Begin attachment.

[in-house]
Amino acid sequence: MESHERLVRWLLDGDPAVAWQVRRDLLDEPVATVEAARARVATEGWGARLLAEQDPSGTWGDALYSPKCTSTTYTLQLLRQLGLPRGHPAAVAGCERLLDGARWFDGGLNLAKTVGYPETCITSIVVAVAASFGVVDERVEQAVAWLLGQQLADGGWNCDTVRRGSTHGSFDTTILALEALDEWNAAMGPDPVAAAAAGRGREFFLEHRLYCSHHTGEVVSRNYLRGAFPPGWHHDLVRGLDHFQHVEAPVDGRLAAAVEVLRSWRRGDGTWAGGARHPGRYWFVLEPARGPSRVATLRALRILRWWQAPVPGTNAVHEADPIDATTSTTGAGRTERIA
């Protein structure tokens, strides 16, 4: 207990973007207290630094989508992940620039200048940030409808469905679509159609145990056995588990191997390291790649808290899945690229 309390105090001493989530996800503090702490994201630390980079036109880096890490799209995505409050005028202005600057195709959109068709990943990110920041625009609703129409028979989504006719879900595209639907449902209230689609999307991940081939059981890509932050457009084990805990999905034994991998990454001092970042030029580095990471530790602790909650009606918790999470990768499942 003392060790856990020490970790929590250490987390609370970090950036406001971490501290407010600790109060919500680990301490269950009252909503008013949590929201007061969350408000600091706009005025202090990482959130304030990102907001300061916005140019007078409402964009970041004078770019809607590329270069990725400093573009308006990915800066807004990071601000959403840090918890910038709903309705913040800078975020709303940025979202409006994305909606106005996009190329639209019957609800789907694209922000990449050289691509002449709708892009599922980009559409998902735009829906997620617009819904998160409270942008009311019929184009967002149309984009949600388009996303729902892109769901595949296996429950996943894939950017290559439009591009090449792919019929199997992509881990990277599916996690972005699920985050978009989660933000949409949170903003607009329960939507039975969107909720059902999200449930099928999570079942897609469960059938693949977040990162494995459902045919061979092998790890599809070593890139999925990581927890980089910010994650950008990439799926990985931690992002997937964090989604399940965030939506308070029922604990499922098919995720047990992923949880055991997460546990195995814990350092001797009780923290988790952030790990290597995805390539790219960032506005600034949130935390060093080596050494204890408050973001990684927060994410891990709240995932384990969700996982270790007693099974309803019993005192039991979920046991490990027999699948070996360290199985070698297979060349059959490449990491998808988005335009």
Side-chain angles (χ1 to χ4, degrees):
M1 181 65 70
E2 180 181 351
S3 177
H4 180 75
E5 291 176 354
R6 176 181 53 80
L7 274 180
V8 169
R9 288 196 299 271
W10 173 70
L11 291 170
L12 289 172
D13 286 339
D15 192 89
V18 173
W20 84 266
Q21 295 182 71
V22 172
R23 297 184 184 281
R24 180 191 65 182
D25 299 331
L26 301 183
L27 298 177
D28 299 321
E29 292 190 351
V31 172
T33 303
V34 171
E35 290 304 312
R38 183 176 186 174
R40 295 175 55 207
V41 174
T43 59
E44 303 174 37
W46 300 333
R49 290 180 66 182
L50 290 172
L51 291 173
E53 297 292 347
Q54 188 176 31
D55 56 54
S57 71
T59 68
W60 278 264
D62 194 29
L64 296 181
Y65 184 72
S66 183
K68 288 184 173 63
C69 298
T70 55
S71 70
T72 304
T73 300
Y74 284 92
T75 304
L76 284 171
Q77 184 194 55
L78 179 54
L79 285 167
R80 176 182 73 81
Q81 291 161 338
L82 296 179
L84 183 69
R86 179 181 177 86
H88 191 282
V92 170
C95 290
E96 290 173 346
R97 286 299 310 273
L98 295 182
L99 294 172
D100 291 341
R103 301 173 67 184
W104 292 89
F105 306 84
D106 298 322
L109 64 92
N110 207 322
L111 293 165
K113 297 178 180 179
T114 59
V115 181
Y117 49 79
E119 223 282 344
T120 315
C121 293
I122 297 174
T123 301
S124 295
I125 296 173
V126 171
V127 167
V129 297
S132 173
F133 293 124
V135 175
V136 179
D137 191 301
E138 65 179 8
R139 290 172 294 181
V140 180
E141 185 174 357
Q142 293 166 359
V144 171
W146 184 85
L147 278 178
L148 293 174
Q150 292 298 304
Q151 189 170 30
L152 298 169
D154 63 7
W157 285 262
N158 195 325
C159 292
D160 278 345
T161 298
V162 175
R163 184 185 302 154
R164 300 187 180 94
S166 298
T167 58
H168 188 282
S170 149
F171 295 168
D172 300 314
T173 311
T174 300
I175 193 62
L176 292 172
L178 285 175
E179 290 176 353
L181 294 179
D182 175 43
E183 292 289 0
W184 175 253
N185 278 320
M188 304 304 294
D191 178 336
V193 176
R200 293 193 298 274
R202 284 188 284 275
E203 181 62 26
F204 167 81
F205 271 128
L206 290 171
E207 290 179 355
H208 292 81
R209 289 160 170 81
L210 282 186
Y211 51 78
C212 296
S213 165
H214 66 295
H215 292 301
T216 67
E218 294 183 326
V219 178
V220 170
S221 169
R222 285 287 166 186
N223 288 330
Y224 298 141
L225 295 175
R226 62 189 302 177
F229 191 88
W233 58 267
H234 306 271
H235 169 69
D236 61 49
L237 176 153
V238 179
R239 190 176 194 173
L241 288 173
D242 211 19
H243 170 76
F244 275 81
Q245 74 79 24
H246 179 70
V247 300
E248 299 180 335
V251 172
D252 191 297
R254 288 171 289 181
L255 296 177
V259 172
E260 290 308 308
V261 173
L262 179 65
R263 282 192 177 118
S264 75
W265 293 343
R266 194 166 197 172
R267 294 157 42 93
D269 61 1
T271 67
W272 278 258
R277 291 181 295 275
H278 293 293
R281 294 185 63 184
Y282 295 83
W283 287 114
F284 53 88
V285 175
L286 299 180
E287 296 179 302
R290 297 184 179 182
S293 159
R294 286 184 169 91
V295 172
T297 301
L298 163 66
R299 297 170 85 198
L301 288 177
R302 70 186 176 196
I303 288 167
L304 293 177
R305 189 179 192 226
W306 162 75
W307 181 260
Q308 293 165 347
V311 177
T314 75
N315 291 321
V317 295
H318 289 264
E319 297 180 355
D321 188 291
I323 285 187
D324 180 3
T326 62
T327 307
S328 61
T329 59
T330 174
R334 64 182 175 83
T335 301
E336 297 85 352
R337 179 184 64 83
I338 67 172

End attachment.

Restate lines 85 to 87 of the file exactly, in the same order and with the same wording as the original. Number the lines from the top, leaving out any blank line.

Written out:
K113 297 178 180 179
T114 59
V115 181